But we still feel we have that pressure there to a certain point, but we have learned to ignore the clock somewhat. But that drive to do everything possible for her and not miss a beat is always driving us batty. Linda will try her best to manipulate the schedule to get every possible therapy into the day. She also devotes her 'free' time to researching and implementing various nutritional and suppliment regimens. All this within the confines of keeping our daughters happy and not overwhelmed. At some point, she/we will have to say when: emotionally, financially and physically. There is simply only so many hours in the day; so many dollars in the bank and so much tears and sweat that can be shed. We've run out of hours, we've run out of money, we've run out of expectations for miracles.

The reality is that autism will be with us for the rest of our lives. I've discovered that doesn't necessarily mean the end of our world or their world. There IS life after 5, and it can be as wonderful as we can make it. There will be challenges, and we certainly haven't given up on Liv or Grace, we have just adjusted our high expectations to something different. I'll not share them because I imagine that 3+ years from now they will change again. I just know that Liv has a long way to go; but she has strong legs to make the journey, she has a strong will and a strong mind to get her there. Grace, fugetaboutit, she's shown us the bridge between the two worlds, she'll be fine...

We're all in this for the long haul, the deadline is passing as I write this. I am a better person for it. Liv, well Liv is and will be who she is, I can only help her become...

Oh, Yea, Happy 5th Birthday Liv! Love, Daddy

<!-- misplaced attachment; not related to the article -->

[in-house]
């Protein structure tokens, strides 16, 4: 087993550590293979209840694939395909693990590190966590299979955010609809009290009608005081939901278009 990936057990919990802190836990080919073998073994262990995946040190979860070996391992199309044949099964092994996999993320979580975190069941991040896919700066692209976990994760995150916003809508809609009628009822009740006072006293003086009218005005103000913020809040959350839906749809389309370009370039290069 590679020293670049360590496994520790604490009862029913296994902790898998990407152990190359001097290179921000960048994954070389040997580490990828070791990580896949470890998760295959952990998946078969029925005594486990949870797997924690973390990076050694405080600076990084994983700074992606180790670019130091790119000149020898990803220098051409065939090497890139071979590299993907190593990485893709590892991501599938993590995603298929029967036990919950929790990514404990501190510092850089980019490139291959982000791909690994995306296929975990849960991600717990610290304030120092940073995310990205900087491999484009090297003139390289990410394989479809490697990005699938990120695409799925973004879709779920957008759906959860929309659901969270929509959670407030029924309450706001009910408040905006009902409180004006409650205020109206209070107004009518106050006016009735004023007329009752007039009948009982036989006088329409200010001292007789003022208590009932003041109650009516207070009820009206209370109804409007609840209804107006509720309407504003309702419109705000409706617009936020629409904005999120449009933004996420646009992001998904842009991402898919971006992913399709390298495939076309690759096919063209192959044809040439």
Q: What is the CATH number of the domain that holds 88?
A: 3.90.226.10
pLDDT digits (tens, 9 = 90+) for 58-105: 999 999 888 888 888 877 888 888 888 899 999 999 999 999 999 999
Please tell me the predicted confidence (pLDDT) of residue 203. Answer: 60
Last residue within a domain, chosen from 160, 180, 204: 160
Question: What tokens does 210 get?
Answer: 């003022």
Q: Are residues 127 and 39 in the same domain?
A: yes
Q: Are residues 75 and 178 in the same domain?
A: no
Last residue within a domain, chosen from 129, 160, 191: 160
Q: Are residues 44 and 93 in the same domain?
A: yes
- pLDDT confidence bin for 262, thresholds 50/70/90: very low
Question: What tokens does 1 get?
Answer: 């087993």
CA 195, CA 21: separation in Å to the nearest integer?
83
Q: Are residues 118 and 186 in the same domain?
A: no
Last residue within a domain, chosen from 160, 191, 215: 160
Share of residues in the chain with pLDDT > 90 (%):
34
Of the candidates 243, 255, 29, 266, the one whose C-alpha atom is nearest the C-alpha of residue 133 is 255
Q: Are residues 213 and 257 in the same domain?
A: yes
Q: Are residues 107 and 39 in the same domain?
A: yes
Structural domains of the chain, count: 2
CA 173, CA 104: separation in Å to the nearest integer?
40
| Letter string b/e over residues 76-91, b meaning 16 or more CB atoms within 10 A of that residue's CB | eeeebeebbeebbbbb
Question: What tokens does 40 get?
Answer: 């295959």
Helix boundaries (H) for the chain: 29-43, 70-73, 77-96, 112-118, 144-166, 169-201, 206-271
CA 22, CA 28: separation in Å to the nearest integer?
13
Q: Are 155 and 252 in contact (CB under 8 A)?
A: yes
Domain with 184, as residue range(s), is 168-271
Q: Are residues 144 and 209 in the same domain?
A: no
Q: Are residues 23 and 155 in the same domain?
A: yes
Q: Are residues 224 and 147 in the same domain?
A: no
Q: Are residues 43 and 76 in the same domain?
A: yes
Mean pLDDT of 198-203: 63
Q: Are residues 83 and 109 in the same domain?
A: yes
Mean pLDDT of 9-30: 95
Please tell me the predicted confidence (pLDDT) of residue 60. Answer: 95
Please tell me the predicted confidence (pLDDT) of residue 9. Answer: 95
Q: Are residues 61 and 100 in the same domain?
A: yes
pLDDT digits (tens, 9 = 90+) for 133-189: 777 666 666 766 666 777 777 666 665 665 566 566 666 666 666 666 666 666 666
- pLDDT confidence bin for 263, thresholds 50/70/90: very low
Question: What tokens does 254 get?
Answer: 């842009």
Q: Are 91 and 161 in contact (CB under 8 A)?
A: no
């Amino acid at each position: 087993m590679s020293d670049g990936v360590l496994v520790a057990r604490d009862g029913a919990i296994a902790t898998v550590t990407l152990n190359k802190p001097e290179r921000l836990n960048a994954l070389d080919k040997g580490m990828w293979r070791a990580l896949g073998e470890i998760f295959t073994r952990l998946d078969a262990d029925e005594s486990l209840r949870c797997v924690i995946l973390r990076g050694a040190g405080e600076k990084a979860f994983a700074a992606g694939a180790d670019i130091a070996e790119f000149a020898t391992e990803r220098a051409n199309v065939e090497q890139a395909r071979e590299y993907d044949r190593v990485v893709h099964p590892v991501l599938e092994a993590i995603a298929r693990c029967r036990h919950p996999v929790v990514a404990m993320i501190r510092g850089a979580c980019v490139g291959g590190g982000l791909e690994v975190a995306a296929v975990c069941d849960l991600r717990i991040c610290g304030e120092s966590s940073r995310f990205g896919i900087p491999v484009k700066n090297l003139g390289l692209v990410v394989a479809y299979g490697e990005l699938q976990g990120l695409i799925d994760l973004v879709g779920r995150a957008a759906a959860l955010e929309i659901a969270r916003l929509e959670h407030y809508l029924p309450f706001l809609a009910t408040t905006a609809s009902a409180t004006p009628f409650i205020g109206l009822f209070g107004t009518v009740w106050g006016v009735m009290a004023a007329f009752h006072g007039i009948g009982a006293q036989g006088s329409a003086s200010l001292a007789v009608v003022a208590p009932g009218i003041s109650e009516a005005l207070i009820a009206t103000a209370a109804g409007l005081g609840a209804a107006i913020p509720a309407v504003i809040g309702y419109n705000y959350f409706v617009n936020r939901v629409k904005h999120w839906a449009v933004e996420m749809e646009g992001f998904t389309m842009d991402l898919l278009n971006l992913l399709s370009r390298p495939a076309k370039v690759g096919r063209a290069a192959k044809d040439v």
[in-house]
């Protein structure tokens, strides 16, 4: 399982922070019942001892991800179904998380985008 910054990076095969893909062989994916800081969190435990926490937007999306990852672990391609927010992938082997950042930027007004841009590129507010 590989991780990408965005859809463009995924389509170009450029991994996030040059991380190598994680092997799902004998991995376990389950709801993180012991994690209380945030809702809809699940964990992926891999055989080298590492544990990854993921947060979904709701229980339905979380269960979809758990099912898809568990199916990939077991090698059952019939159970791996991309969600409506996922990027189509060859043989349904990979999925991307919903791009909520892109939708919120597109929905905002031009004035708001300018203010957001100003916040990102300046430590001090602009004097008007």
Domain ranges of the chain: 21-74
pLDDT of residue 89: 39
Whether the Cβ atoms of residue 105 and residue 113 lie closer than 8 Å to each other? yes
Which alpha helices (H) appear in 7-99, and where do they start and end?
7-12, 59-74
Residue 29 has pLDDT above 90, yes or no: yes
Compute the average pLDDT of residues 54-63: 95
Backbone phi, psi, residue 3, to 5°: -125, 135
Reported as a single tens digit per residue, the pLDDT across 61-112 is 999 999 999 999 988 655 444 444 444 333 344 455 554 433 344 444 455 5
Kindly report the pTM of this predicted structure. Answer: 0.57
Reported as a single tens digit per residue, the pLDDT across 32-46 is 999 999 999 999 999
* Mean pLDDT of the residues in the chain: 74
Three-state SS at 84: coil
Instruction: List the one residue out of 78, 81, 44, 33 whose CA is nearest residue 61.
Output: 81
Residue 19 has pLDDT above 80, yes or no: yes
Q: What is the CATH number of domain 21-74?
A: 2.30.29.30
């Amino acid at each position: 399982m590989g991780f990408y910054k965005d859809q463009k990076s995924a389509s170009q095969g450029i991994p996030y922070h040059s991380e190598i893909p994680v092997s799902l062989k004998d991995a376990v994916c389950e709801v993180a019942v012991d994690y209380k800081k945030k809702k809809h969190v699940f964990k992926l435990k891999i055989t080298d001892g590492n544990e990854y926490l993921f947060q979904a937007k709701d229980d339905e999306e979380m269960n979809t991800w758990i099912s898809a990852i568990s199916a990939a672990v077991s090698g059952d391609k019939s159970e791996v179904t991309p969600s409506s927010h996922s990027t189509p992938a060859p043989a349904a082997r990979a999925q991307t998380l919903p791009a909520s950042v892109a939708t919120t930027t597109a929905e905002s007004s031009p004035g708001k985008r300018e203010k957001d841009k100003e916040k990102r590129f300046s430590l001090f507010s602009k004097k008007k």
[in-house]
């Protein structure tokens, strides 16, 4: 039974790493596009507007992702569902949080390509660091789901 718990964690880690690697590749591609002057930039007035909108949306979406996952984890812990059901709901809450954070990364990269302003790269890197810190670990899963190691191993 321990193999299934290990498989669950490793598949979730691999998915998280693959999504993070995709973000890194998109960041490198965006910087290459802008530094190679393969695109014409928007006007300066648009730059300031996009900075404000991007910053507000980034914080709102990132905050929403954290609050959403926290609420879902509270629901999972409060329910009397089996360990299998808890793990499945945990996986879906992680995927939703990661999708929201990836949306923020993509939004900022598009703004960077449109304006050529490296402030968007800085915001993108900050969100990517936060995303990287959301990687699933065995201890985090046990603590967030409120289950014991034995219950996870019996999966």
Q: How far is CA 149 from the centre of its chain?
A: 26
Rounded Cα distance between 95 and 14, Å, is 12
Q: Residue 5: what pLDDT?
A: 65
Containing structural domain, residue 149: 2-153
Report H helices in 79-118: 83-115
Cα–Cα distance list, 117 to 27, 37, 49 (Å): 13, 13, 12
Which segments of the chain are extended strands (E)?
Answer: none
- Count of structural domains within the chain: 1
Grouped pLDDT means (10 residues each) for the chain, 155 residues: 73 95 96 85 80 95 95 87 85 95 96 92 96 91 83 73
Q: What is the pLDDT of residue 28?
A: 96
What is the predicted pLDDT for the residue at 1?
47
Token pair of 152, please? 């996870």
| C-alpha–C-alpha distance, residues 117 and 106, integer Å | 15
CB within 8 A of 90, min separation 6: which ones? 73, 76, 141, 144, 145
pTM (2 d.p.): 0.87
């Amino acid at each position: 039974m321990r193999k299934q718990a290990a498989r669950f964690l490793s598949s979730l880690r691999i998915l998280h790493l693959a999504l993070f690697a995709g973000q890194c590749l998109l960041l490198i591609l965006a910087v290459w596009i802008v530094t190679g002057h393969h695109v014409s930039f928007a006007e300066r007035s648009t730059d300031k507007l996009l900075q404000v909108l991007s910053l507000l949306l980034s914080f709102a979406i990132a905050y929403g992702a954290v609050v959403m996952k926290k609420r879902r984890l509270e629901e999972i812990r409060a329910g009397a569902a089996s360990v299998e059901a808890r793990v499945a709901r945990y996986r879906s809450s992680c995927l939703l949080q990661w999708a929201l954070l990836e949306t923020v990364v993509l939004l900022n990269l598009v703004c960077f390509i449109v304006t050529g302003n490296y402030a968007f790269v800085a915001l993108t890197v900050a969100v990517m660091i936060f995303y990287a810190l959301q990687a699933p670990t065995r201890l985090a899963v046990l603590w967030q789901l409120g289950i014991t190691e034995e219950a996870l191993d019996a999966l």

Thursday, August 23, 2007

Dad Moments

OK, OneDadsopinion has forced my hand and I have to write some of my dad moments (especially since he's got a link to my blog on his site...thanks).

I guess this doesn't have to be autism specific, although you know most of it usually directly or indirectly orbits the girls, but each will get a moment anyway:

Aly: This little sweetheart answered my call and got up at 6:45 this morning to watch the girls so I could get out to work a little early and Linda could get a few extra minutes sleep. She got four 'pressed pennies' from the Parkway rest stop that I was promising.

Dillan: Gave up the pressed penny Aly gave him, just to make his brother a little happier. Remind me to give him that Triple Chocolate Klondike Bar I hid in the freezer.

Jason: Was told by Liv and Grace's day camp school that he is SUCH a great brother for helping his sisters and mommy getting in the school by carrying bags and opening doors. Mom couldn't do it without him. He got the pressed penny...

Liv: Has been lying on the pillow facing me on the other side of the pillow as I try to get her to sleep and she just smiles and beams, I even get the occasional quiet "dadi"! Don't know WHAT I could possibly give her to pay for that!